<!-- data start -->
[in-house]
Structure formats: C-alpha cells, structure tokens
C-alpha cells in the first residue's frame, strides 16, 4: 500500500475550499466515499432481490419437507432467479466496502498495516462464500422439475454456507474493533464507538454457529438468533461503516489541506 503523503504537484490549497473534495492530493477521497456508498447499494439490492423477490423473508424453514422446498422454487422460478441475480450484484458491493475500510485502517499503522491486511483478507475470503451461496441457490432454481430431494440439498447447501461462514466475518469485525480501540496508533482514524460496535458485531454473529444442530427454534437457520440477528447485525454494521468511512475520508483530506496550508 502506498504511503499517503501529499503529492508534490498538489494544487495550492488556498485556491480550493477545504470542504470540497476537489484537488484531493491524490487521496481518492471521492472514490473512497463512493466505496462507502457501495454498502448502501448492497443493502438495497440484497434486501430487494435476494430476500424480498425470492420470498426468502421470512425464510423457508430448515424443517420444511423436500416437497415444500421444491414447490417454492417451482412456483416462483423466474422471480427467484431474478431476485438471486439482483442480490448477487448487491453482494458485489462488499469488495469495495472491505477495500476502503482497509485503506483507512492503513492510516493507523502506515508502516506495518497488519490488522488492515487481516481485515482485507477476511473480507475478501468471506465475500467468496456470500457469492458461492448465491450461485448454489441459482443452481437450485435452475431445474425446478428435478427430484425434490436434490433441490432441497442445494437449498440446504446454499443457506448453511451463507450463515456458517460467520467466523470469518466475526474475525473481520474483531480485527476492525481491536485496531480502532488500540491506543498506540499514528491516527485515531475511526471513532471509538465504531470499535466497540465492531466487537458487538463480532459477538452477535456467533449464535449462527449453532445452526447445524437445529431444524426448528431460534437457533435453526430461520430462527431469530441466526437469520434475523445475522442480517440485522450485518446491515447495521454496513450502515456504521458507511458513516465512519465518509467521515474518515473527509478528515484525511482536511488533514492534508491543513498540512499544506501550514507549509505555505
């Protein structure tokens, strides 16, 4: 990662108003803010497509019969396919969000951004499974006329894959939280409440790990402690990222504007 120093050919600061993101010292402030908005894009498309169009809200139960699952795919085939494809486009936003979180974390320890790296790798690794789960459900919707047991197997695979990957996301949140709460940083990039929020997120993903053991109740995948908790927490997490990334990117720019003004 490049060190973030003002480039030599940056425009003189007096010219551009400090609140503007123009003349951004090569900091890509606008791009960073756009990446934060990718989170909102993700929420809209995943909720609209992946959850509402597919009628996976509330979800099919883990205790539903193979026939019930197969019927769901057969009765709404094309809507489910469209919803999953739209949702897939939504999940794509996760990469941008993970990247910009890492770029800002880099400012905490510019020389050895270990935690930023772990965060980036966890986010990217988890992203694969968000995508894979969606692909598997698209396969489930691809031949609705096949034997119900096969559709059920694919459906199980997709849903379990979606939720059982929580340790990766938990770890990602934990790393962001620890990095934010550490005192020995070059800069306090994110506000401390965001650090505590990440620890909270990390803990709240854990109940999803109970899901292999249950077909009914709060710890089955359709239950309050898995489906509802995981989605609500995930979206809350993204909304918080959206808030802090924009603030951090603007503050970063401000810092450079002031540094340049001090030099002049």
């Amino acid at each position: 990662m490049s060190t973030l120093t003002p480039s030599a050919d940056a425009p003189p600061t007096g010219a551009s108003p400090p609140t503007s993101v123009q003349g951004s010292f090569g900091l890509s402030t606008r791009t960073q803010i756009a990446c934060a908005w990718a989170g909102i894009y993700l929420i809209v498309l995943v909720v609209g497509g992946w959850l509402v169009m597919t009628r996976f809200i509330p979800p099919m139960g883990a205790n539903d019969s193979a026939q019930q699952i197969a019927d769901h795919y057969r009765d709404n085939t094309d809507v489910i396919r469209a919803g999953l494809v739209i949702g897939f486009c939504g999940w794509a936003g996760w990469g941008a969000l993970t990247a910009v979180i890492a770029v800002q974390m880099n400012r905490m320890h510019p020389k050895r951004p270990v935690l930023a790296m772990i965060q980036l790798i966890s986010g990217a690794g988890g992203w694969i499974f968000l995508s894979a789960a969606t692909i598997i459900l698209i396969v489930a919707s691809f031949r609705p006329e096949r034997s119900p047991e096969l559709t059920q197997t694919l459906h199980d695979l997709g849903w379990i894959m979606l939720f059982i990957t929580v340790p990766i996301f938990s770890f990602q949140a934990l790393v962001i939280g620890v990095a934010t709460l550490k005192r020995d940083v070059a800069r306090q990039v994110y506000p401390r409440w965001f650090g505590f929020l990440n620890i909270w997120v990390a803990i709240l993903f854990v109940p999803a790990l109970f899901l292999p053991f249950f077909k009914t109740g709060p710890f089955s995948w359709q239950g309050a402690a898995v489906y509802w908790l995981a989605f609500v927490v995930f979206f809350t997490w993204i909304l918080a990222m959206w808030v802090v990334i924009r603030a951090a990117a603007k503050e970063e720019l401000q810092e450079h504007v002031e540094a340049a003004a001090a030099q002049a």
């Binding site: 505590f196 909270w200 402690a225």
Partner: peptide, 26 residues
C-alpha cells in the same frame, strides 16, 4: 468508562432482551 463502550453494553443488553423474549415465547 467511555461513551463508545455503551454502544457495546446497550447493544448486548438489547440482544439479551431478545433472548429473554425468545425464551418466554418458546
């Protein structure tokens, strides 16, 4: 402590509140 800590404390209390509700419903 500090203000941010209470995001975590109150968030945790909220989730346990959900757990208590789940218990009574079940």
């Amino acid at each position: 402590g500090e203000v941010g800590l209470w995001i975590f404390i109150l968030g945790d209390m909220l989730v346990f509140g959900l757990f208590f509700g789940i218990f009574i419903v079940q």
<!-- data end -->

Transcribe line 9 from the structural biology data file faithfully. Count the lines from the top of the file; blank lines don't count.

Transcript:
């Protein structure tokens, strides 16, 4: 402590509140 800590404390209390509700419903 500090203000941010209470995001975590109150968030945790909220989730346990959900757990208590789940218990009574079940």